By 1538, when the Reformation took hold in England, plough lights were forbidden and plough guilds were disbanded. Anyone who conducted a drive for money on Plough Monday was fined.

Depending on the political and monarchical climate, Plough Monday waxed or waned until the early to mid-1600s.

17th century and after

Once Plough Monday revived in full, its ecclesiastical character disappeared.

By then, landowners ensured all their workers were well fed and watered throughout the twelve days of Christmas.

More farmworkers participated and used the day for personal gain by collecting money, joining in revelry and ending with a feast. Wikipedia describes a typical festival:

The customs observed on Plough Monday varied by region, but a common feature to a lesser or greater extent was for a plough to be hauled from house to house in a procession, collecting money. They were often accompanied by musicians, an old woman or a boy dressed as an old woman, called the “Bessy”, and a man in the role of the “fool“. ‘Plough Pudding’ is a boiled suet pudding, containing meat and onions. It is from Norfolk and is eaten on Plough Monday.[2]

Householders who refused to give money often saw their doorsteps or gardens pulled up by the farmworkers with the plough.

The procession with the plough went like this, according to an old account:

Long ropes are attached to it, and thirty or forty men, stripped to their clean white shirts, but protected from the weather by waistecoats beneath, drag it along. Their arms and shoulders are decorated with gay-coloured ribbons, tied in large knots and bows, and their hats are smartened in the same way. They are usually accompanied by an old woman, or a boy dressed up to represent one; she is gaily bedizened, and called the Bessy. Sometimes the sport is assisted by a humorous countryman to represent a fool. He is covered with ribbons, and attired in skins, with a depending tail, and carries a box to collect money from the spectators. They are attended by music, and Morris-dancers when they can be got; but there is always a sportive dance with a few lasses in all their finery, and a superabundance of ribbons. When this merriment is well managed, it is very pleasing.

Although the day was one of revelry, farmworkers as well as farmhouse cooks and servants got up as early as they could to show willingness to work during the season ahead. According to the aforementioned account, a kitchen maid was given a cockerel for Shrovetide before Lent. However, Plough Monday determined whether she received it:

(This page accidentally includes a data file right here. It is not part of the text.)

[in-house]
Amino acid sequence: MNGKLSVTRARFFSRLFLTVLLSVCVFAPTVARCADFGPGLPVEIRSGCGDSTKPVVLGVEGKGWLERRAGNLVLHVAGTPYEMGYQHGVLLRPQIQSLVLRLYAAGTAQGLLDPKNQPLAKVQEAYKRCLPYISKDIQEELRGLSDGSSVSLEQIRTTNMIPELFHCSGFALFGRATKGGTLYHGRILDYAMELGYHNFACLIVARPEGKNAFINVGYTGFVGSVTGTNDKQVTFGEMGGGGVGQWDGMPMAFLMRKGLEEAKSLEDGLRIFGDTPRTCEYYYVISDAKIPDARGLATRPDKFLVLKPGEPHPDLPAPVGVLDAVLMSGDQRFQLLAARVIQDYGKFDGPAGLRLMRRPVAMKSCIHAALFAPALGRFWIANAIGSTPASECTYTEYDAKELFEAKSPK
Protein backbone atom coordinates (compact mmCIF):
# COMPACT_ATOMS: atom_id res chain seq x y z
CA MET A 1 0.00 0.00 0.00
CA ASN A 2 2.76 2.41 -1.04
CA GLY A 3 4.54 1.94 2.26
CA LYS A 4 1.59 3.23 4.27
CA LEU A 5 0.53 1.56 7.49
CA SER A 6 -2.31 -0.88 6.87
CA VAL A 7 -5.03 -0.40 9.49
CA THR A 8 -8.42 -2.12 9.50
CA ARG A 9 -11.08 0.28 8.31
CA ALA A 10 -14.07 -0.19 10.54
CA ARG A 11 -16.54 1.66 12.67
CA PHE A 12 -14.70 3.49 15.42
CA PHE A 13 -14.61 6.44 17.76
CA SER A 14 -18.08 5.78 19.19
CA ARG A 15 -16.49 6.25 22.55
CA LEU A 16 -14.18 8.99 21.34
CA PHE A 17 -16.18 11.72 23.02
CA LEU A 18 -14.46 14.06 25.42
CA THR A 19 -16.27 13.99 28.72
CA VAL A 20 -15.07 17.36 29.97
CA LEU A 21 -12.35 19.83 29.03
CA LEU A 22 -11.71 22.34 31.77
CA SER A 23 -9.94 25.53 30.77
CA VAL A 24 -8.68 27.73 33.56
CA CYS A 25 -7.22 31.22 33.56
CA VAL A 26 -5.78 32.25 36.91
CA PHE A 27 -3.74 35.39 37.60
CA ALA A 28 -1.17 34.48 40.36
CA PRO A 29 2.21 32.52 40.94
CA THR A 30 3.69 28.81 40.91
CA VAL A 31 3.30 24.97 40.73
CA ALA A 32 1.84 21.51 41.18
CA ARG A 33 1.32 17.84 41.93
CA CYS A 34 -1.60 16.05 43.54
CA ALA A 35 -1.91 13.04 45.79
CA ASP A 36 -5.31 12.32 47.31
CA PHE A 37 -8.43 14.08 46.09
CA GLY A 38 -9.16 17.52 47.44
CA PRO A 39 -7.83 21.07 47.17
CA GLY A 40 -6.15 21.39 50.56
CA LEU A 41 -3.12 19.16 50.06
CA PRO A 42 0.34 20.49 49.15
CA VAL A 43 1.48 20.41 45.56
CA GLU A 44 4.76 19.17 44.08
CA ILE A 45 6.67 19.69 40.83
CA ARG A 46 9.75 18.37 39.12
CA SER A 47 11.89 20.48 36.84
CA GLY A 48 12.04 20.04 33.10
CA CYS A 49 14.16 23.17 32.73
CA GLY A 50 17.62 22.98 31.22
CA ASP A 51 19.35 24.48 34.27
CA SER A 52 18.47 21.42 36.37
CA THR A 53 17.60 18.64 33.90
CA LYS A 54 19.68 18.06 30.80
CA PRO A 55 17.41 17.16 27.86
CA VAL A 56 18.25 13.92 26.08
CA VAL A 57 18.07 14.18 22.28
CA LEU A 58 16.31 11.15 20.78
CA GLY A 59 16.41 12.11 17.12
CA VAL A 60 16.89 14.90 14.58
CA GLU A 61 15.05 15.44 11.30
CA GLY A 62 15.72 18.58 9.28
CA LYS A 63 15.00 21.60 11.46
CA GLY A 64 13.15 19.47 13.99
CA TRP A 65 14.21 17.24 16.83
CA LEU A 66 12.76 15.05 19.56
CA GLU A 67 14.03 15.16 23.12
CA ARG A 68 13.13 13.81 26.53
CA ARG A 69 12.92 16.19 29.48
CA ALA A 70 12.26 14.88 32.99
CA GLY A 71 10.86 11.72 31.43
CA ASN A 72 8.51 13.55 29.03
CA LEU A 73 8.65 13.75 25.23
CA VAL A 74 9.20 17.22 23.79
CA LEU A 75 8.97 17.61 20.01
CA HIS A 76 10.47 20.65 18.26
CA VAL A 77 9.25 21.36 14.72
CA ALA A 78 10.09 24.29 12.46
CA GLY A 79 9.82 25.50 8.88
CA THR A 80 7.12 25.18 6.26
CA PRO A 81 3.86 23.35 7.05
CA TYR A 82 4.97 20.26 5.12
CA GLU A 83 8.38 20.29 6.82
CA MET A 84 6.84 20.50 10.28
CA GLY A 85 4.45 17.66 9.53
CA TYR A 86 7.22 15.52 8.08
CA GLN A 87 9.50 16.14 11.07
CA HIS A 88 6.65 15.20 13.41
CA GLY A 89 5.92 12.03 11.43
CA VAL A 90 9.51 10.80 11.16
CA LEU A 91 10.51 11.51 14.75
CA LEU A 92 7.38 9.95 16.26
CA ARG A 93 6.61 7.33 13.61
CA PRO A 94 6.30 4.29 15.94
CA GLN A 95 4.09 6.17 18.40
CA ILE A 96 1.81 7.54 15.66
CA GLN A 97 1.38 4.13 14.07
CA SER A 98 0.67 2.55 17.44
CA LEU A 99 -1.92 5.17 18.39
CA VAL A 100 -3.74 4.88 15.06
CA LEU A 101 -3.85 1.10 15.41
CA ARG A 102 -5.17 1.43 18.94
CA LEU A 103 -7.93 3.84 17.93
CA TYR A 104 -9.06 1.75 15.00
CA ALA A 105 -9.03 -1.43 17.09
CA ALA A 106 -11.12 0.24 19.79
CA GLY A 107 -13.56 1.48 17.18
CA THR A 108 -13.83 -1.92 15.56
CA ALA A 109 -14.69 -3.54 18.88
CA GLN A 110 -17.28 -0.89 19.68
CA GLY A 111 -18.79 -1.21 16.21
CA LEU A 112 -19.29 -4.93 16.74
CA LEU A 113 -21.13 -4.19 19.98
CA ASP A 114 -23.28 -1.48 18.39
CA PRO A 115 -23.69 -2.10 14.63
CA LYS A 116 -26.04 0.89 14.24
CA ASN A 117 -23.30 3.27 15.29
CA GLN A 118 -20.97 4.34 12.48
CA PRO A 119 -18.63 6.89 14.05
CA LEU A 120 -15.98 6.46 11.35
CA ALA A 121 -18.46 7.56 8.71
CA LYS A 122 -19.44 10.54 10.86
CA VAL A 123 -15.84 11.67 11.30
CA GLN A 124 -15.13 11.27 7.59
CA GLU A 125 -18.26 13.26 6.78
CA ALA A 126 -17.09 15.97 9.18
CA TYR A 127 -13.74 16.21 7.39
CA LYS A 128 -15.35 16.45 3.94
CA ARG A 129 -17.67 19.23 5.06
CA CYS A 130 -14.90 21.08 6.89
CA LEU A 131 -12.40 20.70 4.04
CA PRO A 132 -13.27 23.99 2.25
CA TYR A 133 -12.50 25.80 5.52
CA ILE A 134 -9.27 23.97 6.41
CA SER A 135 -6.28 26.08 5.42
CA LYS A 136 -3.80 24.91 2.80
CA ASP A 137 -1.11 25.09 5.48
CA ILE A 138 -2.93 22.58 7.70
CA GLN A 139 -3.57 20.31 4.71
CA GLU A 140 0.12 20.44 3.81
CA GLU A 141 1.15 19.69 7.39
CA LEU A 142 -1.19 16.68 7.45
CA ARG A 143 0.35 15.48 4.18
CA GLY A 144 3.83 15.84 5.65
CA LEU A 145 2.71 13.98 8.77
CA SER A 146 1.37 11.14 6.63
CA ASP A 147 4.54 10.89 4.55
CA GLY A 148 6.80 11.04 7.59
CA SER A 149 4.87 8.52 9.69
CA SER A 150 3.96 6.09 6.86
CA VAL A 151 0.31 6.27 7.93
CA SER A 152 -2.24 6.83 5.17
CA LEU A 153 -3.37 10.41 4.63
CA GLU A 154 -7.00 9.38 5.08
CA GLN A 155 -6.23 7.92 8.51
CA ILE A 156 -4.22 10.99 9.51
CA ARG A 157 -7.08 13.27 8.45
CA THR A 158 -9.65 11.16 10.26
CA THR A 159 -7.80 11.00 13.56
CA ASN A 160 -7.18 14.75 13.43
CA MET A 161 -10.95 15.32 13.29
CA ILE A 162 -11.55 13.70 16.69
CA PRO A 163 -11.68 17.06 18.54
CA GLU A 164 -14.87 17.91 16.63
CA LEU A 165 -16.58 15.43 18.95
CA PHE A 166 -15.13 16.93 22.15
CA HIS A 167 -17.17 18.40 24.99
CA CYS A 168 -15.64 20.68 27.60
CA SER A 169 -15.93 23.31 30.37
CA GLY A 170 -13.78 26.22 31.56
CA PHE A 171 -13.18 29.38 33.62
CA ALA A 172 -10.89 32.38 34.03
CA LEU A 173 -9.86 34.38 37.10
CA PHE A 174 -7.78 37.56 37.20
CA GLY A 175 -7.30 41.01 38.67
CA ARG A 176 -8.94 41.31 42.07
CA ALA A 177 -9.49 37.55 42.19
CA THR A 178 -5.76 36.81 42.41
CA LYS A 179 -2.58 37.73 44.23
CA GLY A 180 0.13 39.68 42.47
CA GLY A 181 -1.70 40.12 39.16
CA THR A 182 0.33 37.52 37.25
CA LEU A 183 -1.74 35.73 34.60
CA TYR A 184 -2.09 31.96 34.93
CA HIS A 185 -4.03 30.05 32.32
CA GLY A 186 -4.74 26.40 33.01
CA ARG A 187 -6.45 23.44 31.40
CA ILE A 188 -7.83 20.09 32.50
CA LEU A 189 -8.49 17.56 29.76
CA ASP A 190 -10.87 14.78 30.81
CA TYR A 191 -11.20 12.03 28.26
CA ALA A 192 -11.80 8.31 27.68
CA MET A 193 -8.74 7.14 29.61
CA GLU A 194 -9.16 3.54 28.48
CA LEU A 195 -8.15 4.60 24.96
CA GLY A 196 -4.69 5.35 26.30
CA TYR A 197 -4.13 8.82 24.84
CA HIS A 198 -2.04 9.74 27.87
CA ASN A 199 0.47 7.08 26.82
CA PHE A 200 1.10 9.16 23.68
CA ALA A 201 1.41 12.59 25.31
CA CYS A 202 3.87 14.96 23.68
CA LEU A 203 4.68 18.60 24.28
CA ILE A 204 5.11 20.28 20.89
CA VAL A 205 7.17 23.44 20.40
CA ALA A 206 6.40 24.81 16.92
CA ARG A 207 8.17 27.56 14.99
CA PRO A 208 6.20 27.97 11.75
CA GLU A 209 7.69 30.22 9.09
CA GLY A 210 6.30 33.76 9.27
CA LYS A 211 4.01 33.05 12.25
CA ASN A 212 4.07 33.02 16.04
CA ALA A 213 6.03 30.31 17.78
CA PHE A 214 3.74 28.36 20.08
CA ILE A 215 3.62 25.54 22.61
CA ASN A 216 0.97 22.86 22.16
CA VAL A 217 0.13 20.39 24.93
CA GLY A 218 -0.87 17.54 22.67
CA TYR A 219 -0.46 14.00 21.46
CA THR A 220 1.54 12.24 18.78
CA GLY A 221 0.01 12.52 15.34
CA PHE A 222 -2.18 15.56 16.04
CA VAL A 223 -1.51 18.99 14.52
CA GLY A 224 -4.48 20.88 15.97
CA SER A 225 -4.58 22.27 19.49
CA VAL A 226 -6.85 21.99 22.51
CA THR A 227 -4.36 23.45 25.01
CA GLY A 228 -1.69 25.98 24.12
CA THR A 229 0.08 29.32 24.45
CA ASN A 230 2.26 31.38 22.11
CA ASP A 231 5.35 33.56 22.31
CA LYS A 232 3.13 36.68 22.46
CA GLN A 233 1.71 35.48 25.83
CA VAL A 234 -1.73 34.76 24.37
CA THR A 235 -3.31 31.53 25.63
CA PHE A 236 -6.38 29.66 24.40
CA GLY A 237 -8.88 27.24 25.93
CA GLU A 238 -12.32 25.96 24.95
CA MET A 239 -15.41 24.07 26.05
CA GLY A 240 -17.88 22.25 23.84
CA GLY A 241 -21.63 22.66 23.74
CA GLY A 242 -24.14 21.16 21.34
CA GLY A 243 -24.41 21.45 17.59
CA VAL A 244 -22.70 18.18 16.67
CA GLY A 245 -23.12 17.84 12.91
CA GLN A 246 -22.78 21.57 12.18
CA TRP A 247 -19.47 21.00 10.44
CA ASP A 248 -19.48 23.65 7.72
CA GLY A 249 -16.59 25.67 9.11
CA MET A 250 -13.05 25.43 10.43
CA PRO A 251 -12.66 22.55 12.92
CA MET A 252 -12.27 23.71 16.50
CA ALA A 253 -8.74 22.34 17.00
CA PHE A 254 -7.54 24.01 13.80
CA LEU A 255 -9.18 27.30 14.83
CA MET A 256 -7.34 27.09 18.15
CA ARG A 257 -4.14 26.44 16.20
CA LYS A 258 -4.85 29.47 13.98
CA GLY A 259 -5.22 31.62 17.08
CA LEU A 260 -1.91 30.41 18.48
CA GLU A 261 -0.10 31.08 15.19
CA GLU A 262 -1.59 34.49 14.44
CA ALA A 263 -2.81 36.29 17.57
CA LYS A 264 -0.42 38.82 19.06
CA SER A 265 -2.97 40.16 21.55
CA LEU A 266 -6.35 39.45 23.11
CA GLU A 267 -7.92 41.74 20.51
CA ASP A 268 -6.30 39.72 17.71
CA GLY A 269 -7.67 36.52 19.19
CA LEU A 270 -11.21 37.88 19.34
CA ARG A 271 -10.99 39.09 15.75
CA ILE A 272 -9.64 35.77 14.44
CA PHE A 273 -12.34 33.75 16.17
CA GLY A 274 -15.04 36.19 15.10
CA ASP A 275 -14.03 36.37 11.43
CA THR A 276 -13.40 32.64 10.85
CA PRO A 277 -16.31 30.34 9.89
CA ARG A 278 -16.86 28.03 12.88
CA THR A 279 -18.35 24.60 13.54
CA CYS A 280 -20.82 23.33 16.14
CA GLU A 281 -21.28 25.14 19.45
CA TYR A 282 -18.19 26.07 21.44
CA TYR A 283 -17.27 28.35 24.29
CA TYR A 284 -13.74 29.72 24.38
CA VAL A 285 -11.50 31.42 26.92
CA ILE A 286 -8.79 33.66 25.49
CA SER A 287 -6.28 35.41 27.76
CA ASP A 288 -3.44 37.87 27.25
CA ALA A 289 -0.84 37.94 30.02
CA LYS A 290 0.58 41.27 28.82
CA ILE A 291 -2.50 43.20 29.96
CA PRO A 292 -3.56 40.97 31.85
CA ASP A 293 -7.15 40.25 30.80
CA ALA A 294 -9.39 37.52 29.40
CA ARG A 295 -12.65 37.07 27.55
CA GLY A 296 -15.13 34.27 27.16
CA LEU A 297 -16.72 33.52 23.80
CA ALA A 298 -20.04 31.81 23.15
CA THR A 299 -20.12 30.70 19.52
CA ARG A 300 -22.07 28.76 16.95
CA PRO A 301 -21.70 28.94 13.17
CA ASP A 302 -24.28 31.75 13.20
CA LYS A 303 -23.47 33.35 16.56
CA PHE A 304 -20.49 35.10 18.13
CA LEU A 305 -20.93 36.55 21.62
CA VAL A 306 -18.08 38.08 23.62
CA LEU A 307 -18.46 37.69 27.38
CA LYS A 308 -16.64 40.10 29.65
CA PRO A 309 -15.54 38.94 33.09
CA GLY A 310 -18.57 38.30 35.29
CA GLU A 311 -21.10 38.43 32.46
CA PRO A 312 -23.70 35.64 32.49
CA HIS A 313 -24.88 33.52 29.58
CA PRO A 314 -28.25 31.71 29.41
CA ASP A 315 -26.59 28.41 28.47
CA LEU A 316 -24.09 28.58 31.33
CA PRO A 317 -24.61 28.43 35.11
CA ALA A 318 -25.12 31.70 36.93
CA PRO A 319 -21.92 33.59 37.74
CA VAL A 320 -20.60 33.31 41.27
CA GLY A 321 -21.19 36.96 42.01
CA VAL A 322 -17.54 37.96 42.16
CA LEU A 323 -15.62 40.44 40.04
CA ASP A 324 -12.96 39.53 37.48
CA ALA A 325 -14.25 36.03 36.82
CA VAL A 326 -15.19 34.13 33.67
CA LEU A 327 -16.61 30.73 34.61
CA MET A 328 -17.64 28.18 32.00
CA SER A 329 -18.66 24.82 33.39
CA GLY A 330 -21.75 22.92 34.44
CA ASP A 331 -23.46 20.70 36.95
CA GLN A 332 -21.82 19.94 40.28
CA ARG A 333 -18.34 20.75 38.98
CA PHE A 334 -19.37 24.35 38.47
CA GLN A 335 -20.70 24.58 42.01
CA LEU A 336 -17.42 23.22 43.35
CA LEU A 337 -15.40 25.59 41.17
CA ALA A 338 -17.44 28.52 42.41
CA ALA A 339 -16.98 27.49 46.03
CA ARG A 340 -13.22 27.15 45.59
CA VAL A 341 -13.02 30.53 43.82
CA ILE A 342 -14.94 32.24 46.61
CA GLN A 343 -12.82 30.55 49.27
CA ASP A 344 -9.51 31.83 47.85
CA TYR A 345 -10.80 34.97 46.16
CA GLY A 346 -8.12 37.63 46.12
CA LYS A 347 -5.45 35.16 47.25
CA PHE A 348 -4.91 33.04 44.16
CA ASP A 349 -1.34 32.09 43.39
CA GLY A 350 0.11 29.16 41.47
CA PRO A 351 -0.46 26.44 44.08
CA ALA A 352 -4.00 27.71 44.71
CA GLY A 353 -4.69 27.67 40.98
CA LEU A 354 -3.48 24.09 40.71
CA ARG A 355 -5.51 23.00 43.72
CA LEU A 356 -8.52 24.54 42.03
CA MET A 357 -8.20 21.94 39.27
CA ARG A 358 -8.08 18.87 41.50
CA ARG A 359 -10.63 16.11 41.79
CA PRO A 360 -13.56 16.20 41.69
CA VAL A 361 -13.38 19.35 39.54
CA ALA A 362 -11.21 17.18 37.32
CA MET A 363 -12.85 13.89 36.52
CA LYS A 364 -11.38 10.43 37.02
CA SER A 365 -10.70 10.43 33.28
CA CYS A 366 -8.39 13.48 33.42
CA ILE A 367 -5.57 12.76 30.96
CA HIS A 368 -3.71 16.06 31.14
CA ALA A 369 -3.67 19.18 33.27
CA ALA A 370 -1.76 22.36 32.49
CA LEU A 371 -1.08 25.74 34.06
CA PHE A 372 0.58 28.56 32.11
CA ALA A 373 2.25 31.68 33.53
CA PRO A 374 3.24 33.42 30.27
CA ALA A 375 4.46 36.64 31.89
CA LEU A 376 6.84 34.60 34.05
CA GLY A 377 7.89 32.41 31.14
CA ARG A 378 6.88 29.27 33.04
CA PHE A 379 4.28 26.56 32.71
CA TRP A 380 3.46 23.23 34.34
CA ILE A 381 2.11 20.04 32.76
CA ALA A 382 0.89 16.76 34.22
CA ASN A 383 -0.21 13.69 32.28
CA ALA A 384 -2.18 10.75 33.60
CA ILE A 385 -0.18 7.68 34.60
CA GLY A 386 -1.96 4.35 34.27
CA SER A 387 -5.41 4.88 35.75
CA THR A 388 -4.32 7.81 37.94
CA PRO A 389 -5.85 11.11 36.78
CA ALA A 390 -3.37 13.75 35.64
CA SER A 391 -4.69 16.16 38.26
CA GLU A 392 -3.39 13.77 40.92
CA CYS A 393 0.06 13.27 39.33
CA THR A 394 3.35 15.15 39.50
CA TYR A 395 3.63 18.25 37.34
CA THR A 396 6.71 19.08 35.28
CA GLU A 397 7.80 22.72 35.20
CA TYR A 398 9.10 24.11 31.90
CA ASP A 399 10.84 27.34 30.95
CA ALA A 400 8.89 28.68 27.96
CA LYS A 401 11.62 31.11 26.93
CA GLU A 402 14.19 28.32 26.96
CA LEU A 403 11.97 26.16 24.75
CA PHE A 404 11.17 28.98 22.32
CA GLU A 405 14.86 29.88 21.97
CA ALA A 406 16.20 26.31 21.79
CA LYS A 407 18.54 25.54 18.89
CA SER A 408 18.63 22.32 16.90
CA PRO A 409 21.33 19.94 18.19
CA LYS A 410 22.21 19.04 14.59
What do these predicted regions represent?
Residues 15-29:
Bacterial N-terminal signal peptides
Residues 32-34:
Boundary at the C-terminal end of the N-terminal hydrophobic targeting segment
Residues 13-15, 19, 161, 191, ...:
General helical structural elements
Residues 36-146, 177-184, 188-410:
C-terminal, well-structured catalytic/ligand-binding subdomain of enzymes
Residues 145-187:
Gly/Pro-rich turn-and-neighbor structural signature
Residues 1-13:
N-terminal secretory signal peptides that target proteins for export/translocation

Then Plough Monday reminded them of their business, and on the morning of that day, the men and maids strove who should show their readiness to commence the labours of the years, by rising the earliest. If the plough-man could get his whip, his plough-staff, hatched, or any field implement, by the fireside, before the maid could get her kettle on, she lost her Shrove-tide cock to the men. Thus did our forefathers strive to allure youth to their duty, and provided them innocent mirth as well as labour. On Plough Monday night the farmer gave them a good supper and strong ale. In some places, where the ploughman went to work on Plough Monday, if, on his return at night, he came with his whip to the kitchen-hatch, and cried “Cock on the dunghill,” he gained a cock for Shrove Tuesday.

The Revd Francis Blomefield was, like the aforementioned John Brand, an Anglican clergyman and antiquarian. He lived between 1705 and 1752. He documented the histories of Cambridgeshire and Norfolk.

In his History of Norfolk, he described the Plough Monday processions in that county. Although they were secular in nature then, men still collected for the ancient plough light, requesting ‘money for light’. However, instead of collecting for the church — as had been done in the 15th century — they were collecting money to be spent at the local alehouse.

Blomefield also wrote of the mummer play — folk play with local amateur actors — typically performed on that day, ‘The arraigning and indicting of Sir John Barleycorn’. It was a humorous sketch featuring characters from all walks of life: some admired, some despised. In the end, Sir John Barleycorn was always acquitted, but as Blomefield concluded: